Monday, April 13, 2015

The World of Meikyuu Kingdom 13 - Daily Life

[Part 13 of my ongoing translation of "The World" chapters from the Meikyuu Kingdom GM's Book 2nd Edition. This post covers daily life, discussing food and transportation in the kingdom. This can be found on page 115. Original Japanese text and art is © Bouken]

Daily Life


The Endless Dungeon's biggest problem is the lack of natural resources. It just isn't easy to forage for food in a dungeon made out of stone. Many died of hunger during the period of darkness following the Dungeon Hazard. Since then, man has worked hard looking for ways of producing self-sufficient food sources through trial and error. People are able to eat regularly today thanks to the accumulated knowledge and technology of those who have come before. 

Great halls or huge caverns are usually found in the Dungeon. Such places are first reserved as possible farmland. Having a star installed in the great hall is the minimum condition for growing crops. Residential spaces can then be built in small rooms or even narrow passages nearby. Kingdoms that build their royal palaces or market squares in a great hall should have a plan for where to grow their food.

The only crops that can be produced in a poor kingdom that does not have any great halls for farmland are mushrooms and dungeon bean sprouts (the beans can yield even in poor light). Wheat bread is considered a feast, and it is even believed to cure disease if place by a sick person's pillow.

Schools of migratory fish and flocks of birds that swim and fly through the dungeons are another good source of food. These can be captured in large quantities by using net traps, and are usually either preserved with salt or smoked.

In small communities, cooking parts of monsters that have been slain in the dungeons are common delicacies. Some species are even prized as rare and delicious luxury delicacies. Some kingdoms even specialize in producing monster food as their primary source of income.

Elevators are also important sources of food for a kingdom. If you're trading with angels, you can easily get chickens; if with deep ones, you would get lots of fish. Be warned about the wildly varying prices. Sometimes, the only trade they will accept in return are human babies.

Sheep are the best livestock: they can be eaten and also provide raw materials for making clothes. They are absolute necessities. The Endless Dungeons' sheep are omnivorous creatures that eat moss off the walls and also prey on small animals. Shepherds are treasure to a poor small kingdom with no space for farmland. The sheep wander off into the dungeons at noon to eat and return in the evening. Small kingdoms that raise sheep will soon be crawling with them. It is common to have more sheep than there are people. One of the more important duties of knights is protecting the shepherds and their flocks. Cows are generally only used for farming.

Long ago, there were apparently animals called horses that were good at running, but they were not suited to the dungeon life and eventually became extinct. Tamed goldfishes and horselizards are widely used as riding mounts and pack animals nowadays. Goldfish swim in the air so they have no trouble with movement and horselizards' sticky footpads enable them to dexterously traverse difficult terrain. Caravans load baggage on the back of these creatures, moving from city to city.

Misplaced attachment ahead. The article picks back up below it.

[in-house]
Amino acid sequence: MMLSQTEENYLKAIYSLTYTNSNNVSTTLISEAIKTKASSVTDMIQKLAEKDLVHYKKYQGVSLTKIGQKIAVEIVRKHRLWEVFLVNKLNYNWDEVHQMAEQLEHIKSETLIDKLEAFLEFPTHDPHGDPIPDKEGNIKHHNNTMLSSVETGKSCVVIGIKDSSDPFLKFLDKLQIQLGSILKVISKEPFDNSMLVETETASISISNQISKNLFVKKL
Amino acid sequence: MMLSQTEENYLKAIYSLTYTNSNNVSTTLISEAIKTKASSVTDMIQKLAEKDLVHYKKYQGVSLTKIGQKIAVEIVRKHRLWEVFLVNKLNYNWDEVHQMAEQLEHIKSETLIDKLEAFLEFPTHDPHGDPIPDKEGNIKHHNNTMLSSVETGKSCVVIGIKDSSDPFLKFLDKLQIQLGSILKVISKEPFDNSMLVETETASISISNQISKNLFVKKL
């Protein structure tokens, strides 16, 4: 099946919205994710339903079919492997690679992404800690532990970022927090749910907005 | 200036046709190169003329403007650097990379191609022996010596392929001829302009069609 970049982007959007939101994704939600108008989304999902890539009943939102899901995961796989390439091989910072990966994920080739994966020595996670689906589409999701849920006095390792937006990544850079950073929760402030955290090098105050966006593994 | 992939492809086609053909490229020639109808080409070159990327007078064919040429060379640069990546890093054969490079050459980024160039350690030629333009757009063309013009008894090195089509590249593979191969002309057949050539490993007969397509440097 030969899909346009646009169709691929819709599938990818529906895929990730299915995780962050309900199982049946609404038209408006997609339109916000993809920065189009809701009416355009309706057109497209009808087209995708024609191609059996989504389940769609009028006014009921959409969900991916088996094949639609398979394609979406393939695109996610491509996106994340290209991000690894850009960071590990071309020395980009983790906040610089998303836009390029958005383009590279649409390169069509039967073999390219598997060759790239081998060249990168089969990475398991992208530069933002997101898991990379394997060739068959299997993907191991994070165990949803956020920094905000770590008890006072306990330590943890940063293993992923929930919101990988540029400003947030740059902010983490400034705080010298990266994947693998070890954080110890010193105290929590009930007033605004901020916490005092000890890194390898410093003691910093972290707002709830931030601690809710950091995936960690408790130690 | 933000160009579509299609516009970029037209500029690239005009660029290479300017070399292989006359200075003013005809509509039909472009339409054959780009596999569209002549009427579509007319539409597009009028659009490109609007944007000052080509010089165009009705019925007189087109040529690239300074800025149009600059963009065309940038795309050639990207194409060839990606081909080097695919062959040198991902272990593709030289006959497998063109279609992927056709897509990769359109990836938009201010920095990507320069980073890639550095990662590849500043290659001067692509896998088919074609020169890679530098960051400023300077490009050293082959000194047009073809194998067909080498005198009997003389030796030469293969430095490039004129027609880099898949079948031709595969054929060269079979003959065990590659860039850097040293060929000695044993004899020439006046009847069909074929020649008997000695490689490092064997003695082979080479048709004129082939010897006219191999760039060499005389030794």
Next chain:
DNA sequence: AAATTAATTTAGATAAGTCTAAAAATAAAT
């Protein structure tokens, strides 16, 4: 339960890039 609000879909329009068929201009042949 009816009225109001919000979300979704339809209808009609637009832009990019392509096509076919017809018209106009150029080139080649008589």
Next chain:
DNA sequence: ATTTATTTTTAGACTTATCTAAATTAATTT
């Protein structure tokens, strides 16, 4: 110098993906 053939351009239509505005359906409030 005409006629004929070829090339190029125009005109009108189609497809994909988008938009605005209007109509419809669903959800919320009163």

The rivers and waterfalls that flow throughout the dungeon also has many uses. Because of the sudden changes in elevation, basket-type boats which hard to capsize are used. These are very light, made of hide stretched over a wooden frame, and can be folded when not in use for easy carrying. Another important issue is ensuring water supply. A small population might be able to survive by collecting water condensation on walls but it is not possible to feed people with that method. Drilling canals to channel water to fields and residential areas takes some serious work. When I first founded my kingdom, I had to make do with fetching water and filling in a water tank for a while. Human and cattle excrement are carefully used as fertilizer. Pigs and Giant Earthworms can be kept to process organic waste.

With stone all around us, there is no shortage of materials for constructing buildings. However, there is seldom any reason to make an entire building from scratch when you can just renovate the Dungeonized room into your house.

Wood is cut down from Dungeonized forests. Woodcutting is actually hard work involving considerable risk because dangerous monsters often haunt the forests. Because of this, this job is often relegated to scoundrels and similar delinquents.

Kingdom management becomes relatively easy upon finding a vein of metal ore. Much more so if said ore is precious metal. However, a lot of complications can arise during mining, from triggering sudden Dungeonization to unearthing sleeping monsters. It is common practice for kingdoms to outsource this job to dwarves because of their expertise.

[SIDEBAR] A Strange Form of Government

The nations across the Endless Dungeons are all basically monarchy, save for one which is based on a strange ideology.

This Bureaucratic System is mostly composed of court ministers. Kings do not reign indefinitely but change according to the results of elections. Sometimes, the priests of the angels or the deep ones or some other religion even have more power than the king...

Socialist states without distinction between Land Makers and commoners are notorious for the disease known as "revolution". Kingdoms that suffer from revolution are vulnerable and Haglma is eager to speed their collapse.

Because of their collective nature, socialist kingdoms also become the unwitting minions of Abaddon, Lord of Ants.